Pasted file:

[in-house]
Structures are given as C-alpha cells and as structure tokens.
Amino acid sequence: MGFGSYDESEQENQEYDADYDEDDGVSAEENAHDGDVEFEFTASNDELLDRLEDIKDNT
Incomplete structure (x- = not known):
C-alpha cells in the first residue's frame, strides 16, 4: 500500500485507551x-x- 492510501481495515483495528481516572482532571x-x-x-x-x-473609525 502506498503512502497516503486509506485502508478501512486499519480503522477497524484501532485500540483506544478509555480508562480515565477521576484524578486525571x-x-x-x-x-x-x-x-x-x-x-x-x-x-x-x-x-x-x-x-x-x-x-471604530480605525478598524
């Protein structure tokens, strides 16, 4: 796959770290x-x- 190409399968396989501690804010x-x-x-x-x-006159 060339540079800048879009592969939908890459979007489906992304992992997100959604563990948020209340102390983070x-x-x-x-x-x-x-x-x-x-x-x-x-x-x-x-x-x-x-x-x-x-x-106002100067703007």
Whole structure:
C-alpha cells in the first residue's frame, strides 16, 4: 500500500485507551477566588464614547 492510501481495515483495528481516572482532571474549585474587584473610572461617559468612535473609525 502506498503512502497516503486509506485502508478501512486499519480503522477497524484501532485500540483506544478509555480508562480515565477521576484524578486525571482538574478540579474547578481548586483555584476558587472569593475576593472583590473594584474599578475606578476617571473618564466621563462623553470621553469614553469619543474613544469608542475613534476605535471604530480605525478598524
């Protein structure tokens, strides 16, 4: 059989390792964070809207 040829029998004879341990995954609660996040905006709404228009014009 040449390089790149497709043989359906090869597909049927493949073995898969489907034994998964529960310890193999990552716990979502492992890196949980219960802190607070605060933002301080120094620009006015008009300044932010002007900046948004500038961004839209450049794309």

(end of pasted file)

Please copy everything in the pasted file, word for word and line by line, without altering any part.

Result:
[in-house]
Structures are given as C-alpha cells and as structure tokens.
Amino acid sequence: MGFGSYDESEQENQEYDADYDEDDGVSAEENAHDGDVEFEFTASNDELLDRLEDIKDNT
Incomplete structure (x- = not known):
C-alpha cells in the first residue's frame, strides 16, 4: 500500500485507551x-x- 492510501481495515483495528481516572482532571x-x-x-x-x-473609525 502506498503512502497516503486509506485502508478501512486499519480503522477497524484501532485500540483506544478509555480508562480515565477521576484524578486525571x-x-x-x-x-x-x-x-x-x-x-x-x-x-x-x-x-x-x-x-x-x-x-471604530480605525478598524
């Protein structure tokens, strides 16, 4: 796959770290x-x- 190409399968396989501690804010x-x-x-x-x-006159 060339540079800048879009592969939908890459979007489906992304992992997100959604563990948020209340102390983070x-x-x-x-x-x-x-x-x-x-x-x-x-x-x-x-x-x-x-x-x-x-x-106002100067703007």
Whole structure:
C-alpha cells in the first residue's frame, strides 16, 4: 500500500485507551477566588464614547 492510501481495515483495528481516572482532571474549585474587584473610572461617559468612535473609525 502506498503512502497516503486509506485502508478501512486499519480503522477497524484501532485500540483506544478509555480508562480515565477521576484524578486525571482538574478540579474547578481548586483555584476558587472569593475576593472583590473594584474599578475606578476617571473618564466621563462623553470621553469614553469619543474613544469608542475613534476605535471604530480605525478598524
């Protein structure tokens, strides 16, 4: 059989390792964070809207 040829029998004879341990995954609660996040905006709404228009014009 040449390089790149497709043989359906090869597909049927493949073995898969489907034994998964529960310890193999990552716990979502492992890196949980219960802190607070605060933002301080120094620009006015008009300044932010002007900046948004500038961004839209450049794309």